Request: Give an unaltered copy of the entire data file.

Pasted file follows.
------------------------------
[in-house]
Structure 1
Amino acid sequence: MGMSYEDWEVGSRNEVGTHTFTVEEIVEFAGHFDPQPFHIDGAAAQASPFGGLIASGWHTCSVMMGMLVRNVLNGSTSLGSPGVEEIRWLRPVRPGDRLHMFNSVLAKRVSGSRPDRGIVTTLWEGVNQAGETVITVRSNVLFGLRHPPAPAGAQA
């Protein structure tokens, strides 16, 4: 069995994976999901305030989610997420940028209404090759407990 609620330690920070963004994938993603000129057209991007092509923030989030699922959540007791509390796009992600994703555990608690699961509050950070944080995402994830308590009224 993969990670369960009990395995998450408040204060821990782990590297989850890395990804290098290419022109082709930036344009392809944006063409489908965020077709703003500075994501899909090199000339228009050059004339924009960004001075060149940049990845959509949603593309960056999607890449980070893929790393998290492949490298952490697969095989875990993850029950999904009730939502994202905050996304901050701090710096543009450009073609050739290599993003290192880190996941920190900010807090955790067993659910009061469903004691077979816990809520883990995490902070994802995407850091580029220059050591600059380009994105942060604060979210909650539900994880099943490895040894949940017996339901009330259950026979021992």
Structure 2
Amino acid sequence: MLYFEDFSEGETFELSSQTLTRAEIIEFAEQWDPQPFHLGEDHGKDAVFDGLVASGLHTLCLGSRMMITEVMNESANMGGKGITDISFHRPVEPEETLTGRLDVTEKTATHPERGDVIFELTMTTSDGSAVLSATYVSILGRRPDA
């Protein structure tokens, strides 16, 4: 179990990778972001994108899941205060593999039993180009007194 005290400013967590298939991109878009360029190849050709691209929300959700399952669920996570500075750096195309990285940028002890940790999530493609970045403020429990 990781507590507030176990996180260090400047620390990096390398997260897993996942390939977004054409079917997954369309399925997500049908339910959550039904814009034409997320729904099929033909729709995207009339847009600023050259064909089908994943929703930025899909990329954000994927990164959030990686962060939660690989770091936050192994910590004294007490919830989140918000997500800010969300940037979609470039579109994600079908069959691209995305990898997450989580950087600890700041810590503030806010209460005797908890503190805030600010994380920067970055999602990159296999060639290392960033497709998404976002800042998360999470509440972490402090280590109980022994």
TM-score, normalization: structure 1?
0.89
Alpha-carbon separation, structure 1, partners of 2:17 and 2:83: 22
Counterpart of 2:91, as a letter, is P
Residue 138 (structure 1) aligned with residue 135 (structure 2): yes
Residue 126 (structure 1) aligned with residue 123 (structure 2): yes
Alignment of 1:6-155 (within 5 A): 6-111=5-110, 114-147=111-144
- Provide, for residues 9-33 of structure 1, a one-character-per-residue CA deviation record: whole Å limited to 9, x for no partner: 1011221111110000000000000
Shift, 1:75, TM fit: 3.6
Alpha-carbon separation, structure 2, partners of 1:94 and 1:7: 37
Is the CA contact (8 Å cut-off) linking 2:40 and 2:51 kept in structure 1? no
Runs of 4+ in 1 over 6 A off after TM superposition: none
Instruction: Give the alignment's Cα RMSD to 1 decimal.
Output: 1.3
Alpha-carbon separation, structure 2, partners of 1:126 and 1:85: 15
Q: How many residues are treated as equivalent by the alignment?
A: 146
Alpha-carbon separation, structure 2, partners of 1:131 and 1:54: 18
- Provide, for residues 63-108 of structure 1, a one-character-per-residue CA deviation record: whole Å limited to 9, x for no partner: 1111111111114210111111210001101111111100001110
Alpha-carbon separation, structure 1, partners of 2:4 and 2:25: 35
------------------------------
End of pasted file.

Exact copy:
[in-house]
Structure 1
Amino acid sequence: MGMSYEDWEVGSRNEVGTHTFTVEEIVEFAGHFDPQPFHIDGAAAQASPFGGLIASGWHTCSVMMGMLVRNVLNGSTSLGSPGVEEIRWLRPVRPGDRLHMFNSVLAKRVSGSRPDRGIVTTLWEGVNQAGETVITVRSNVLFGLRHPPAPAGAQA
């Protein structure tokens, strides 16, 4: 069995994976999901305030989610997420940028209404090759407990 609620330690920070963004994938993603000129057209991007092509923030989030699922959540007791509390796009992600994703555990608690699961509050950070944080995402994830308590009224 993969990670369960009990395995998450408040204060821990782990590297989850890395990804290098290419022109082709930036344009392809944006063409489908965020077709703003500075994501899909090199000339228009050059004339924009960004001075060149940049990845959509949603593309960056999607890449980070893929790393998290492949490298952490697969095989875990993850029950999904009730939502994202905050996304901050701090710096543009450009073609050739290599993003290192880190996941920190900010807090955790067993659910009061469903004691077979816990809520883990995490902070994802995407850091580029220059050591600059380009994105942060604060979210909650539900994880099943490895040894949940017996339901009330259950026979021992």
Structure 2
Amino acid sequence: MLYFEDFSEGETFELSSQTLTRAEIIEFAEQWDPQPFHLGEDHGKDAVFDGLVASGLHTLCLGSRMMITEVMNESANMGGKGITDISFHRPVEPEETLTGRLDVTEKTATHPERGDVIFELTMTTSDGSAVLSATYVSILGRRPDA
């Protein structure tokens, strides 16, 4: 179990990778972001994108899941205060593999039993180009007194 005290400013967590298939991109878009360029190849050709691209929300959700399952669920996570500075750096195309990285940028002890940790999530493609970045403020429990 990781507590507030176990996180260090400047620390990096390398997260897993996942390939977004054409079917997954369309399925997500049908339910959550039904814009034409997320729904099929033909729709995207009339847009600023050259064909089908994943929703930025899909990329954000994927990164959030990686962060939660690989770091936050192994910590004294007490919830989140918000997500800010969300940037979609470039579109994600079908069959691209995305990898997450989580950087600890700041810590503030806010209460005797908890503190805030600010994380920067970055999602990159296999060639290392960033497709998404976002800042998360999470509440972490402090280590109980022994």
TM-score, normalization: structure 1?
0.89
Alpha-carbon separation, structure 1, partners of 2:17 and 2:83: 22
Counterpart of 2:91, as a letter, is P
Residue 138 (structure 1) aligned with residue 135 (structure 2): yes
Residue 126 (structure 1) aligned with residue 123 (structure 2): yes
Alignment of 1:6-155 (within 5 A): 6-111=5-110, 114-147=111-144
- Provide, for residues 9-33 of structure 1, a one-character-per-residue CA deviation record: whole Å limited to 9, x for no partner: 1011221111110000000000000
Shift, 1:75, TM fit: 3.6
Alpha-carbon separation, structure 2, partners of 1:94 and 1:7: 37
Is the CA contact (8 Å cut-off) linking 2:40 and 2:51 kept in structure 1? no
Runs of 4+ in 1 over 6 A off after TM superposition: none
Instruction: Give the alignment's Cα RMSD to 1 decimal.
Output: 1.3
Alpha-carbon separation, structure 2, partners of 1:126 and 1:85: 15
Q: How many residues are treated as equivalent by the alignment?
A: 146
Alpha-carbon separation, structure 2, partners of 1:131 and 1:54: 18
- Provide, for residues 63-108 of structure 1, a one-character-per-residue CA deviation record: whole Å limited to 9, x for no partner: 1111111111114210111111210001101111111100001110
Alpha-carbon separation, structure 1, partners of 2:4 and 2:25: 35